Is the problem you set appropriate?

Recently, I often hear that my colleagues around me are busy. It’s a story you hear at any time. Personally, I think it’s better to be a little busy than very free, but too busy is also not good.

Busy men usually say they can’t finish a work easily. They think they work appropriately, report to managers, and make proposals to those around them, but they can’t get approval.

I think one thing, is the setting problem right?

I often feel that Some people think a lot about how to solve, but there are not many people that analyze whether the problem you set is appropriate. No matter how much you think it is an appropriate solution for the problem yourself, if the problem you set is wrong in the first place, it does’t make you lead to an appropriate solution. One of reasons, you have a strong linear awareness of issues and do not see things from multiple angles? I often feel.

This is so-called reframing.

Reframing is “to change the way something is expressed or considered” according to the Cambridge Dictionary. Reframing is often explained on Japanese sites as turning weaknesses into strengths. It is the story of the application of reframing to psychology.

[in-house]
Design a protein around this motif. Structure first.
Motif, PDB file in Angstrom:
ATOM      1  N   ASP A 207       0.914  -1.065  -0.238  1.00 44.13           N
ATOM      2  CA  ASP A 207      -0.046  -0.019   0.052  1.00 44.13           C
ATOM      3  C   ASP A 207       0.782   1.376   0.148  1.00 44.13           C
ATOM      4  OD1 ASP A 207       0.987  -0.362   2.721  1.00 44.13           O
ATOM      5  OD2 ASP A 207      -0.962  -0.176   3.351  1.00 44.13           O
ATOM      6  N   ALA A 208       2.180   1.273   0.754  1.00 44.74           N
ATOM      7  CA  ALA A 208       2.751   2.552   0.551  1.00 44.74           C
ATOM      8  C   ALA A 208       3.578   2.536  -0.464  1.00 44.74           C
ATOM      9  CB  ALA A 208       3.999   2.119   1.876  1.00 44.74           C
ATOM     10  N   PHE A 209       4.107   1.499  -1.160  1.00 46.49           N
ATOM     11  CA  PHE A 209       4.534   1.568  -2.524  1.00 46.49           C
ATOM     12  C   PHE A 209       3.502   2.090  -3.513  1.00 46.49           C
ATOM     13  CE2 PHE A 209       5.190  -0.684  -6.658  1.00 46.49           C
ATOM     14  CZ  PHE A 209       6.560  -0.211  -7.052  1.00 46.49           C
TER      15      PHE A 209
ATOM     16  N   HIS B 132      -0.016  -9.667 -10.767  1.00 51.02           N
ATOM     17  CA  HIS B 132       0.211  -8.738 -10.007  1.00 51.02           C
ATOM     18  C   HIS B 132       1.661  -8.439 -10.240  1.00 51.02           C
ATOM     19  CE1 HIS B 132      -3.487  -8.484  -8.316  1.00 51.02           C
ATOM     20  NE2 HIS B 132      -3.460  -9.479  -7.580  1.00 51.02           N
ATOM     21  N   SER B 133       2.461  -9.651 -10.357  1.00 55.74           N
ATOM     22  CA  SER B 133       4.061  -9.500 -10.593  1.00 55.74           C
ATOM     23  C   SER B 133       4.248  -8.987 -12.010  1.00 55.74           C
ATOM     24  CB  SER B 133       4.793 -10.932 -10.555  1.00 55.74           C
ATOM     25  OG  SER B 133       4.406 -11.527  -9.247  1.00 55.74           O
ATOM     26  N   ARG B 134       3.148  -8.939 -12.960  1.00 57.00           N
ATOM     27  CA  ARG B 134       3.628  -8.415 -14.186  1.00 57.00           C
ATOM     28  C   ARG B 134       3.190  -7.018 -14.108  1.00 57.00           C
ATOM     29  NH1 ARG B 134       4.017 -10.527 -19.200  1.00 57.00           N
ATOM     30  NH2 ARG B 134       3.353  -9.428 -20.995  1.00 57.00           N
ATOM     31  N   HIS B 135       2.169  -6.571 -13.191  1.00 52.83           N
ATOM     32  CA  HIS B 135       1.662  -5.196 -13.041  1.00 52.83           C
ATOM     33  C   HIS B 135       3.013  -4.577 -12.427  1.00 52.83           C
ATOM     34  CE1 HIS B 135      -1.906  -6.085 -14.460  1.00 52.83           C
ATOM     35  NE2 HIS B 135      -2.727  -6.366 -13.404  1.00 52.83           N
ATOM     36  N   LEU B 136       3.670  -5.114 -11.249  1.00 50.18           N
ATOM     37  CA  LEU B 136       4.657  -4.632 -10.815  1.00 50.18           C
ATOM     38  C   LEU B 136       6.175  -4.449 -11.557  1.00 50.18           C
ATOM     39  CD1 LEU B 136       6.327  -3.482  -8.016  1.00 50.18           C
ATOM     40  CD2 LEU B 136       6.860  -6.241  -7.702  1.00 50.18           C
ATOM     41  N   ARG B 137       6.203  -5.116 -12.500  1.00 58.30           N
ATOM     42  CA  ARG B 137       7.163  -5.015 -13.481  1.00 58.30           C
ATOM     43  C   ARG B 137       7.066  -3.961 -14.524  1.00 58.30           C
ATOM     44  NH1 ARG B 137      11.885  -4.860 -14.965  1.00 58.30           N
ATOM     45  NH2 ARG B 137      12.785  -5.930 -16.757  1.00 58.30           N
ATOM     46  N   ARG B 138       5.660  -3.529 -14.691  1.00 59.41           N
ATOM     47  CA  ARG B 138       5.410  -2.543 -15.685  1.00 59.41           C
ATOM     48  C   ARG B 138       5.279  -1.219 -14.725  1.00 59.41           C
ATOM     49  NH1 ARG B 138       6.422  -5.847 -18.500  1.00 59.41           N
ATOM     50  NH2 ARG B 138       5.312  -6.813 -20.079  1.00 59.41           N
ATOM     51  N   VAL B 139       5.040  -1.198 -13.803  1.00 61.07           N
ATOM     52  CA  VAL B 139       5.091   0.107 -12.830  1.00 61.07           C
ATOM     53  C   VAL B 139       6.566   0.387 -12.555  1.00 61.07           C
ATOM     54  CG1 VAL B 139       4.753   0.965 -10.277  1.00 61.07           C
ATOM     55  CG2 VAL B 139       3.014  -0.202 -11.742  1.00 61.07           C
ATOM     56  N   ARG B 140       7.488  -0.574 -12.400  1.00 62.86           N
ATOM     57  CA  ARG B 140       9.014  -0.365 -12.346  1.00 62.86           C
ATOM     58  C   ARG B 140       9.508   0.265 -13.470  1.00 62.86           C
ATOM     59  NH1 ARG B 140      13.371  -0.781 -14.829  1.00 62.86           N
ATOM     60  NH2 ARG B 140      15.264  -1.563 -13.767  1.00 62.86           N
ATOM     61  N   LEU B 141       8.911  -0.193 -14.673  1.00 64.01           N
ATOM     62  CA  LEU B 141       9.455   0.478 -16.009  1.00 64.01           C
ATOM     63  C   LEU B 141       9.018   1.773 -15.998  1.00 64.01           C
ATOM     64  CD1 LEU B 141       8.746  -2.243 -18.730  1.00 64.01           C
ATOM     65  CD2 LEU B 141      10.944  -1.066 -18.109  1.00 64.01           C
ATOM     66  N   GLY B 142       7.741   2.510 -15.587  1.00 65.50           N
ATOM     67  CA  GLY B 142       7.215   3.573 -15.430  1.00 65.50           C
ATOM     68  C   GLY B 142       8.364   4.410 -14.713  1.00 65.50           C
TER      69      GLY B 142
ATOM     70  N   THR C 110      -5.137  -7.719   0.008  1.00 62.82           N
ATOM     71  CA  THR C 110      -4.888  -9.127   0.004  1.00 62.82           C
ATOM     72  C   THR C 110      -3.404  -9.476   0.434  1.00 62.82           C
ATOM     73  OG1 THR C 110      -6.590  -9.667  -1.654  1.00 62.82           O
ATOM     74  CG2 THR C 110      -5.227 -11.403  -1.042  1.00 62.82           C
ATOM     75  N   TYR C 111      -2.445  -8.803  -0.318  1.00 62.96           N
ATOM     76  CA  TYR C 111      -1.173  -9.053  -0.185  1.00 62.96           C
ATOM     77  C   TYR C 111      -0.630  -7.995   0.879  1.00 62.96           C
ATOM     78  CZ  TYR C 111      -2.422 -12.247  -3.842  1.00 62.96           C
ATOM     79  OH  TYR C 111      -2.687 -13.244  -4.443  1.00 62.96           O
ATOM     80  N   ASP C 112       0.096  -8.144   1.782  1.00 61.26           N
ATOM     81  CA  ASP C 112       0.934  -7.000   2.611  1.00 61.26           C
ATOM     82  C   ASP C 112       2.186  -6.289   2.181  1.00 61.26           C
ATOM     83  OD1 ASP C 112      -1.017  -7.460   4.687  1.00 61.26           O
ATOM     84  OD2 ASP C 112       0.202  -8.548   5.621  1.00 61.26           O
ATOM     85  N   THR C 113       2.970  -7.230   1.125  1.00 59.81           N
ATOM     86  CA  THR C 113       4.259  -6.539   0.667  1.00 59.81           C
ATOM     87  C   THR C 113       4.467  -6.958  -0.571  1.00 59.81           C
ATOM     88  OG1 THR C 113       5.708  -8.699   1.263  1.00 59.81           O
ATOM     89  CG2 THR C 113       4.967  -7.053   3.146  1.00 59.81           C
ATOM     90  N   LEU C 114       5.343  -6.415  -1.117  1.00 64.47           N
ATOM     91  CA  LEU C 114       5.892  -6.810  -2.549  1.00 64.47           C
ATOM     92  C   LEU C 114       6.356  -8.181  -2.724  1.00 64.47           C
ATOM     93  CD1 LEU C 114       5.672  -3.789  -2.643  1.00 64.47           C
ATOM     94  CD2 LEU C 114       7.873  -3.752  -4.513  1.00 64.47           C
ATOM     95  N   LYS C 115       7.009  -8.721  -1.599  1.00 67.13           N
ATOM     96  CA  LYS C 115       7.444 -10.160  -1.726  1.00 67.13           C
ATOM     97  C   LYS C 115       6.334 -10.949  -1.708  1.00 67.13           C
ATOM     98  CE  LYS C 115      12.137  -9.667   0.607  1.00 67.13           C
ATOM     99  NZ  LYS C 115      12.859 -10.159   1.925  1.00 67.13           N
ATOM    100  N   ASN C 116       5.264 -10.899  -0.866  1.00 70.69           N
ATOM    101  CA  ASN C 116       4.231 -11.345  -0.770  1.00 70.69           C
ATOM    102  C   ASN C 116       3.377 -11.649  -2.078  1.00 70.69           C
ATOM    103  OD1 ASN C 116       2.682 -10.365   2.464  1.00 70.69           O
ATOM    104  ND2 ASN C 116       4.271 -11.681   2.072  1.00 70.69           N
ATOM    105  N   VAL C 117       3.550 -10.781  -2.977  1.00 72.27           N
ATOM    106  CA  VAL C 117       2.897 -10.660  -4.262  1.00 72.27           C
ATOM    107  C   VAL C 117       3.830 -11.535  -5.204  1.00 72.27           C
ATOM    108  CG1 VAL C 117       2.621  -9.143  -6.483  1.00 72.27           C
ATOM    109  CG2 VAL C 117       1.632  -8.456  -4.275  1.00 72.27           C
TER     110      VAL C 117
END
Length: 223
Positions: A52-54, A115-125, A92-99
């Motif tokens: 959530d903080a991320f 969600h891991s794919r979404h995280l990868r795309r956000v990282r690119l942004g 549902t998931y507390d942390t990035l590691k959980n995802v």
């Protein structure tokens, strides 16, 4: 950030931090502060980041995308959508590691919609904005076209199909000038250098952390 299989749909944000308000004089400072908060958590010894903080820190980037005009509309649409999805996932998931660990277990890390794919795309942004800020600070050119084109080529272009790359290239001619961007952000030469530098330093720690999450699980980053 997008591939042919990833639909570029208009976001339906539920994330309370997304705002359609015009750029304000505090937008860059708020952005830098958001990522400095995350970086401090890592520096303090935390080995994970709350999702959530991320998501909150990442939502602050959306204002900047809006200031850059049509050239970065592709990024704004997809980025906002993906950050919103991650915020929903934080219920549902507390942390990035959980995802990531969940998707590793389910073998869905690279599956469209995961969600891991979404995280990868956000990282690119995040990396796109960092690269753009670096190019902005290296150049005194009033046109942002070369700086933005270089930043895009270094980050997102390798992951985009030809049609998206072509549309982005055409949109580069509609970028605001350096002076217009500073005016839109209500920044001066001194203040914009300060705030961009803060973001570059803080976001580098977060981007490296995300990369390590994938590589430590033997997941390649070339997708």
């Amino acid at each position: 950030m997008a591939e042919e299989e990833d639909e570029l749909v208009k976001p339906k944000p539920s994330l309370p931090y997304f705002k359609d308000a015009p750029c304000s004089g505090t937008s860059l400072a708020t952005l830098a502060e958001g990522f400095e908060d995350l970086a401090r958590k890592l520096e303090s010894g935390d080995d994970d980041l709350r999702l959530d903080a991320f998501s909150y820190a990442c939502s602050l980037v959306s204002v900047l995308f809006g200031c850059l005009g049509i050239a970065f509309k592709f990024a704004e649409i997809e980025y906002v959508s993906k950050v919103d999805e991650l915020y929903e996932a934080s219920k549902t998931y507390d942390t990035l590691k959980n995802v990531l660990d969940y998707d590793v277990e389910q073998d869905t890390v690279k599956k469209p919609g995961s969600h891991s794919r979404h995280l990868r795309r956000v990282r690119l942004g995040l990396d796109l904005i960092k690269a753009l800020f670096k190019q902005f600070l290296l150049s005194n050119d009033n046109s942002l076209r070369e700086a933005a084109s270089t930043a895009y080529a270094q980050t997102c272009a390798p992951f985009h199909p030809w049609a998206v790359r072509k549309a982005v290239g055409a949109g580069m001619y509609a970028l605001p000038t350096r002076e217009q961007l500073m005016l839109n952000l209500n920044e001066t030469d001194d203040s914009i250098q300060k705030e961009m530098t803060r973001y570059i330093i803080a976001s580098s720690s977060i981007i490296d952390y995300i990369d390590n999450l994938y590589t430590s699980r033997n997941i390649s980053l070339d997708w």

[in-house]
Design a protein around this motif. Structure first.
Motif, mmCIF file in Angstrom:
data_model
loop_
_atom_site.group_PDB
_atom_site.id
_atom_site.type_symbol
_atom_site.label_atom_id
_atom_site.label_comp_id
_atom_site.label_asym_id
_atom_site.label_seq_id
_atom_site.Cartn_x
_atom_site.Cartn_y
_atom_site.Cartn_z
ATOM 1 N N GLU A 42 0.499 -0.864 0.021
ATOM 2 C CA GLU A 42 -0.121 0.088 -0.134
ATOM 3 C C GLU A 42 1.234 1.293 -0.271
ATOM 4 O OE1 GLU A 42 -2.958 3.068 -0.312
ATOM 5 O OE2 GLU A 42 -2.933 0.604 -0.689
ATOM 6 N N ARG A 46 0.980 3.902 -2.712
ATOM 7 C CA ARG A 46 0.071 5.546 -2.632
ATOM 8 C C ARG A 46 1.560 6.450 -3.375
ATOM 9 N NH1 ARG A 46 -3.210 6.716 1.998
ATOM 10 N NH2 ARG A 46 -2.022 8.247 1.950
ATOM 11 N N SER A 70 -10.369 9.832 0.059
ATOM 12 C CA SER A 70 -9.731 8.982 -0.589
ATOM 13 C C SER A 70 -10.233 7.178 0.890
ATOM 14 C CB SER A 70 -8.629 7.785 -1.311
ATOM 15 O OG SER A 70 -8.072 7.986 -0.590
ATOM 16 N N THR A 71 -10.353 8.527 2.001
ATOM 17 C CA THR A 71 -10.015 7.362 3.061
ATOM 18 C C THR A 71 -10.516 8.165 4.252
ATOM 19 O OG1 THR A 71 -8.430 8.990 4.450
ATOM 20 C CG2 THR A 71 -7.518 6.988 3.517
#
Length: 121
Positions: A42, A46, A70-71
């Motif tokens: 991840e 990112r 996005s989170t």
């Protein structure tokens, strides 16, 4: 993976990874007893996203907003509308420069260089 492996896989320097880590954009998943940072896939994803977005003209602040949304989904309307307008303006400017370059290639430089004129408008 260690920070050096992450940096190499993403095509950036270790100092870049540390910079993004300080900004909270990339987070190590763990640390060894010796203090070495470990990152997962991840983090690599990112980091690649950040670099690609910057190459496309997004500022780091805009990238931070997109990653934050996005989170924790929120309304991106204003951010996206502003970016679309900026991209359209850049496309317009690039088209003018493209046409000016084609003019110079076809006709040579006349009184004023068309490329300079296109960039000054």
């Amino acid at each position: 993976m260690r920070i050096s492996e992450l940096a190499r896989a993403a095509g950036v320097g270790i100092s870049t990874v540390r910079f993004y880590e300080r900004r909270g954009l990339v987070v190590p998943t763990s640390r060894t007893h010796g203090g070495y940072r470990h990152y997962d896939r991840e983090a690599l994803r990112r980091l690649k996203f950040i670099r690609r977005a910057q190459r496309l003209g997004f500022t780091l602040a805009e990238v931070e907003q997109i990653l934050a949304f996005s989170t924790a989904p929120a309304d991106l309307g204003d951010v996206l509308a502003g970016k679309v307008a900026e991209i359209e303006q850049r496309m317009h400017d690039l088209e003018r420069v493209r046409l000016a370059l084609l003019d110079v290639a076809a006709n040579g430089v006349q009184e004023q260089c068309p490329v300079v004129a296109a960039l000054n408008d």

I think that Thomas Wedell-Wedellsborg’s “The SLOW ELEVATOR PROBLEM” is famous for reframing the problem setting.

referenced from ~ what’s your problem? by Thomas Wedell-Wedellsborg (Author)

I don’t think the solution to slow elevators is the wrong solution. He also says “These solutions might work”. However it is not best solution. When you solve a hard problem, you have to stop looking for solutions it and you must turn your attention to the problem itself. By doing so, you can get “a much more elegant solution”

Finding the real problem can sometimes be difficult and sometimes requires experience, but I think you can work efficiently by approaching your daily work with this way of thinking.

Let’s begin reframing.


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